Government Bytes


No, Really, You Can't Keep It

by Jordan Forbes / /

Last week, I wrote about President Obama's oft-repeated (and now broken) promise to allow people to keep their current health plans if they were happy. Because, yes, Mr. President, a lot of people are! I referred you to a Politico article that highlighted mini-med plans, which offer low-cost benefits to low-wage employees who may not be able to afford more comprehensive health care. Unfortunately, Obamacare's diagnosis keeps getting worse...

According to the Daily Caller, the Obama Administration just released a new regulation setting rules for who can keep their current insurance plans under the health care law. In an article entitled "Five more ways Obama's health-care law boosts unions," writer Jonathan Strong claims this regulation gives "special consideration" to unions. He goes on to say, "For the rule regarding whether people can keep their health plans – known as "grandfathering" in bureacratise – the Department of Health and Human Services ruled that for union-negotiated health plans, companies can change insurance providers but keep their essential plan  details intact, or grandfathered. For non-union-negotiated plans, companies can't change providers – they must stay with their same insurance provider."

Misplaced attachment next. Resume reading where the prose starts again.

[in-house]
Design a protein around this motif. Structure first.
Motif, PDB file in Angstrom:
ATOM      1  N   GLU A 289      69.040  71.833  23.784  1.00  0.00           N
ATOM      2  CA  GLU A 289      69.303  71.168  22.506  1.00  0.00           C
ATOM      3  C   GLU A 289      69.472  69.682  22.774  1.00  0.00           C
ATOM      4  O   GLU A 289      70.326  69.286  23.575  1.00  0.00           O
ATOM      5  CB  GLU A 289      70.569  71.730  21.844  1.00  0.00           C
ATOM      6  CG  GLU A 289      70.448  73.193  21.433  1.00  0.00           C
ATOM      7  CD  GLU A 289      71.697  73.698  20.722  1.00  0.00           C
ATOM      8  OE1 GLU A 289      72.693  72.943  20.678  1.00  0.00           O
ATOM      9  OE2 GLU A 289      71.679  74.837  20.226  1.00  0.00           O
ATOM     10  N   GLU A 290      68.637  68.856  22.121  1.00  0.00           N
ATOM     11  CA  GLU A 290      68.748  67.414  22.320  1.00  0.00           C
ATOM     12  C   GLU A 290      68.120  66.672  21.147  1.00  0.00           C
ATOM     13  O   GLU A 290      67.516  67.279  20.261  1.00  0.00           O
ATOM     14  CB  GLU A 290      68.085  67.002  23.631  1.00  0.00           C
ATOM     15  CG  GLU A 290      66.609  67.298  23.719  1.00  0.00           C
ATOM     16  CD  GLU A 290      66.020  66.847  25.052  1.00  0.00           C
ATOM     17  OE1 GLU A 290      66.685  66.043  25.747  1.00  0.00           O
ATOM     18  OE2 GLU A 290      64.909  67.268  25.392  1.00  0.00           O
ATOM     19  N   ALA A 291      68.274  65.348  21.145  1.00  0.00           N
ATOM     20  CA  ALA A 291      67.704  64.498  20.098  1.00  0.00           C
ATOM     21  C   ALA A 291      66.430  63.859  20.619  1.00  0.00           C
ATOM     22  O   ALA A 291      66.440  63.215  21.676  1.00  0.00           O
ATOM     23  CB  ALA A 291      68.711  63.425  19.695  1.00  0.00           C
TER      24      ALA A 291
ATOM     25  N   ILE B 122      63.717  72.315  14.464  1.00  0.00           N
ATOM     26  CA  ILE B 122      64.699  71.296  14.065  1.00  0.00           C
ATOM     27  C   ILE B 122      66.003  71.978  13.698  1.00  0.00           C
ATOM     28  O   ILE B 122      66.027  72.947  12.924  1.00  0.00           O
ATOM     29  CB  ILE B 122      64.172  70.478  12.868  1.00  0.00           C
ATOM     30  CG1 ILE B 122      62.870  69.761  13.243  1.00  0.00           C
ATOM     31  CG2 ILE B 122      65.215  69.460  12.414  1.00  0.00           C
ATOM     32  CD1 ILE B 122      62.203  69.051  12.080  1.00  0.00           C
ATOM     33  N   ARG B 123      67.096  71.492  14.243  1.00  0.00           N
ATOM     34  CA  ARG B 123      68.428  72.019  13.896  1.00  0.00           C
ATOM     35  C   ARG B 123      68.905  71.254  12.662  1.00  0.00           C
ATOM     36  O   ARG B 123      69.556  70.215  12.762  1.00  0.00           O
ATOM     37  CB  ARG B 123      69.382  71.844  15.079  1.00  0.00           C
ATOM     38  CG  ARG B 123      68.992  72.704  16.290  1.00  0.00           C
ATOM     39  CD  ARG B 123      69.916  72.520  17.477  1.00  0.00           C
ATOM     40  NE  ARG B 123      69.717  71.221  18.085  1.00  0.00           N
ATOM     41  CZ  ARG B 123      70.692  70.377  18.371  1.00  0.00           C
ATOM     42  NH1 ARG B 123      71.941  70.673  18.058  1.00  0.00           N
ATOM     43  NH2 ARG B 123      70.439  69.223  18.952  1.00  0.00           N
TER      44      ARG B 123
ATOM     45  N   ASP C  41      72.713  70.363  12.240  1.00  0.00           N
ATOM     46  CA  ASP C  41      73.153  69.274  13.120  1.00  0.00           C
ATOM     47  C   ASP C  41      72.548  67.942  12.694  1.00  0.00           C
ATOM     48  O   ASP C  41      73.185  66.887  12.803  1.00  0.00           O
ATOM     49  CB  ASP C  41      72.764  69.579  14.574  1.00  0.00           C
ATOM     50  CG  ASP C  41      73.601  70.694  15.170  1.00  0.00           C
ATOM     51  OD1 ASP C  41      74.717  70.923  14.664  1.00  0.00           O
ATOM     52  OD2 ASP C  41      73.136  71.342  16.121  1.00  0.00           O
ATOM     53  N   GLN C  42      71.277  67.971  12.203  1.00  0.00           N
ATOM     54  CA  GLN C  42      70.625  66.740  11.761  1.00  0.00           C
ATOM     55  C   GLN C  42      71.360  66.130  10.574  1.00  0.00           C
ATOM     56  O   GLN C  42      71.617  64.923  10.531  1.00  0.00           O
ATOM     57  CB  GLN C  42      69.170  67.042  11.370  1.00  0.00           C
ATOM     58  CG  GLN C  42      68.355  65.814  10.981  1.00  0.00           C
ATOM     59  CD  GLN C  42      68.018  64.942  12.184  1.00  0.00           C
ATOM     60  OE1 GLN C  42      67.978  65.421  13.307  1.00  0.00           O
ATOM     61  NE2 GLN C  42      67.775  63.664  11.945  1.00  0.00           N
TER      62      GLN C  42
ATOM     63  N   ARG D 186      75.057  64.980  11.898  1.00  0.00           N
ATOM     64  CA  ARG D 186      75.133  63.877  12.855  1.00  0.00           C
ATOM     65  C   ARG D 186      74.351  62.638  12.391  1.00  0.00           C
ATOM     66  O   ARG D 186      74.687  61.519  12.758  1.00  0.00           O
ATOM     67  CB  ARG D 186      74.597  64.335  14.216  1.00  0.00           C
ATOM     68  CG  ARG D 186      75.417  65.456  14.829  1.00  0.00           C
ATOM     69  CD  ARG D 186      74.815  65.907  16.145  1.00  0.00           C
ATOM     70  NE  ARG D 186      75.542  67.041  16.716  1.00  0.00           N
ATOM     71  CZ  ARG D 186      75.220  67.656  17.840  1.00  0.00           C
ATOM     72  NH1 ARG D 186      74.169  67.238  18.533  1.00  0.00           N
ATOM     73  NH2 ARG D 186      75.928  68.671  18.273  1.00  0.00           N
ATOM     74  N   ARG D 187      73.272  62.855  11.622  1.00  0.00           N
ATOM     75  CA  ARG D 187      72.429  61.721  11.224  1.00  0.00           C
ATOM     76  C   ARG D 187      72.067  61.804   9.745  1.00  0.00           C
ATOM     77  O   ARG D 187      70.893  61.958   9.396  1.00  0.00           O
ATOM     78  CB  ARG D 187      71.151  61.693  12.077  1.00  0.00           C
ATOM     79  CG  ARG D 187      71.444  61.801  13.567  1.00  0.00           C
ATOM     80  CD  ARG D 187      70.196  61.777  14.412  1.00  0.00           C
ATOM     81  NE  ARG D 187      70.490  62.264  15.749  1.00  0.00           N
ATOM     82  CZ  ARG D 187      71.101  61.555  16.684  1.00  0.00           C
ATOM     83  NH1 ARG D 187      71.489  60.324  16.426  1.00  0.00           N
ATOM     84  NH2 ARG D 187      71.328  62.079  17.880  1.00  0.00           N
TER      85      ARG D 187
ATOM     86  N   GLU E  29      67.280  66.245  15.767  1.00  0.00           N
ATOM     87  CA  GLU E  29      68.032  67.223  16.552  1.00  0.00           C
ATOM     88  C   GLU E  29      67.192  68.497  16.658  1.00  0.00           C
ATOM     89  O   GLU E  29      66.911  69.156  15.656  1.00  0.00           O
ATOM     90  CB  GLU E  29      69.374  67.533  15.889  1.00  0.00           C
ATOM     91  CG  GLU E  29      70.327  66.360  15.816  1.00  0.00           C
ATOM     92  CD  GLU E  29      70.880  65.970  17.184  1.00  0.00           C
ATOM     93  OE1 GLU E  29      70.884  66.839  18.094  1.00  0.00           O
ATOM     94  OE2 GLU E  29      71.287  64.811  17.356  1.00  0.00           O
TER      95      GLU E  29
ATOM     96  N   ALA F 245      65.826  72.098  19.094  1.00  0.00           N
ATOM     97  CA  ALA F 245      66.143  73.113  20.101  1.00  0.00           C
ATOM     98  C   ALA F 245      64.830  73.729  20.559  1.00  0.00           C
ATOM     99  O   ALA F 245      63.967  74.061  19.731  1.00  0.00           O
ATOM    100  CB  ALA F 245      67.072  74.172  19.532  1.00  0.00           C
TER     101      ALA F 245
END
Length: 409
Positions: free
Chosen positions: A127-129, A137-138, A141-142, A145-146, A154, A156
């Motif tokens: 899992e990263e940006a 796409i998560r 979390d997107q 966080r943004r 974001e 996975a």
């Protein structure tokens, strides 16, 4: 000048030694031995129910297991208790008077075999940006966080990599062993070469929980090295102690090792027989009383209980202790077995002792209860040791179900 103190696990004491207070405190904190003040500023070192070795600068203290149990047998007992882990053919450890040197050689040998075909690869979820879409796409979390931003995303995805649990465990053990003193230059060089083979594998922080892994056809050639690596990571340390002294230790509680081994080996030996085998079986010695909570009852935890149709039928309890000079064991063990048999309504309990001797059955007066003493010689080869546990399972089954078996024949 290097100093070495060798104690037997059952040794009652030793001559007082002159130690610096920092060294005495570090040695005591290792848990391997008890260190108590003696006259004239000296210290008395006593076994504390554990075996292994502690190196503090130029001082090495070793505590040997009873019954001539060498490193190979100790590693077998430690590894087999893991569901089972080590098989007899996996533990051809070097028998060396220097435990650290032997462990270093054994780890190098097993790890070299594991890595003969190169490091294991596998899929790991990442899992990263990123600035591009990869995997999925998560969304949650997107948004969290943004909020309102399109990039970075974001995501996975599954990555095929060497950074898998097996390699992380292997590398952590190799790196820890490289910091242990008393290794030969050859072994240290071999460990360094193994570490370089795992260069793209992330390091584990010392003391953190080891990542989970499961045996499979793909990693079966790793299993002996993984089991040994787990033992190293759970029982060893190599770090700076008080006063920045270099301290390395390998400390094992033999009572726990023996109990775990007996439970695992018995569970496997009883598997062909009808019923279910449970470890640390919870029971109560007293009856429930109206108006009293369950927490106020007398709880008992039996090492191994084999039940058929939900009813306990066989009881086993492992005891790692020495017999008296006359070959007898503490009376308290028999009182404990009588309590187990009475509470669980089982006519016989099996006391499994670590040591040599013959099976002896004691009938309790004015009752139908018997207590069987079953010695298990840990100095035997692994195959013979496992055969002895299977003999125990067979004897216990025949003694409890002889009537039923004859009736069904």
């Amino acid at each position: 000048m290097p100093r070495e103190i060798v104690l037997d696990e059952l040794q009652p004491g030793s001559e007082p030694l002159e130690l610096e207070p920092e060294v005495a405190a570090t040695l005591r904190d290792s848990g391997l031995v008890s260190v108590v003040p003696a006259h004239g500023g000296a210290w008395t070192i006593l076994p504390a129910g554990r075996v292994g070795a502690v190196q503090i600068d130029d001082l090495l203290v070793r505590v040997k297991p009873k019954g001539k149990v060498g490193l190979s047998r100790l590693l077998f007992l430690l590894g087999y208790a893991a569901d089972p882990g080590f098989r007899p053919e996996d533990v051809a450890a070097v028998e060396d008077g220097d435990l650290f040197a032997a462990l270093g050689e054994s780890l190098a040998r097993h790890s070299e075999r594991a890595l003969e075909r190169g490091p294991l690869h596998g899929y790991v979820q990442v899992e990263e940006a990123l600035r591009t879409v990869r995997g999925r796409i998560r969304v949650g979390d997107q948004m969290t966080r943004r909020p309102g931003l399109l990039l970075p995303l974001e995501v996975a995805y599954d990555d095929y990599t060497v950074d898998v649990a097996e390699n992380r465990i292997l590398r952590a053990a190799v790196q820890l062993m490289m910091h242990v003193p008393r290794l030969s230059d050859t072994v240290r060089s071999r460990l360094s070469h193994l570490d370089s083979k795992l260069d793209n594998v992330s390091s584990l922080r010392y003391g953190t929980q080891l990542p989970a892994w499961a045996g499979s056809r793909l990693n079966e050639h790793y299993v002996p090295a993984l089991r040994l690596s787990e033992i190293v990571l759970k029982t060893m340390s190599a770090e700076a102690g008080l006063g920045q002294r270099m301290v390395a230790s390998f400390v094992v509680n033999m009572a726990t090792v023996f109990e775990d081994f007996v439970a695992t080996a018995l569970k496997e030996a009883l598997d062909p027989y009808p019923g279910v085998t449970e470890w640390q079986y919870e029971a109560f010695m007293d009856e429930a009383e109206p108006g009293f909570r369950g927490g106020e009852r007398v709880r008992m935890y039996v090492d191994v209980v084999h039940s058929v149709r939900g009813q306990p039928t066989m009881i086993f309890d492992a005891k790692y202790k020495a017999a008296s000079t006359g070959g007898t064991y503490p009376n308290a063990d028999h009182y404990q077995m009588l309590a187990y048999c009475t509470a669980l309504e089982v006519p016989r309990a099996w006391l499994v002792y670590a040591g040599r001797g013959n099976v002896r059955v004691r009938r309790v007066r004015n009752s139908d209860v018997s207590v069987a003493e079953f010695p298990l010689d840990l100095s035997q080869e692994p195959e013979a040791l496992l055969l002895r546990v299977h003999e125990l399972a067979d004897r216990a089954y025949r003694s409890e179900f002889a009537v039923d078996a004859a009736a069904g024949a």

I certainly can't say I'm surprised. What else do you expect from a bill crafted behind closed doors and a law that remains virtually undefined? That's right. We're still waiting on the Administration to release details on how various provisions will be implemented, so I think it's safe to say that more bad news is yet to come.

Furthermore, the Daily Caller reports numerous other ways in which Obamacare boosts unions. The so-called "Cadillac" tax will be imposed on health care plans that cost at least $10,200, except where unions are concerned. For union-negotiated plans, the tax begins at $27,500, an adjustment that Strong says could save union members $60 billion. There is also a $5 billion subsidy for health care for early retirees, many of whom are unionized employees, a condition that gives union members premature access to exchange markets, and the exemption of very large groups from various regulations.

Again, I reiterate the uncertainty of this complex law. It's not just the issue of officials failing to make important information available to the public, it's the fact that many of these details have not yet been crafted! Expect to see even more "special consideration" for organized labor. It's almost inevitable.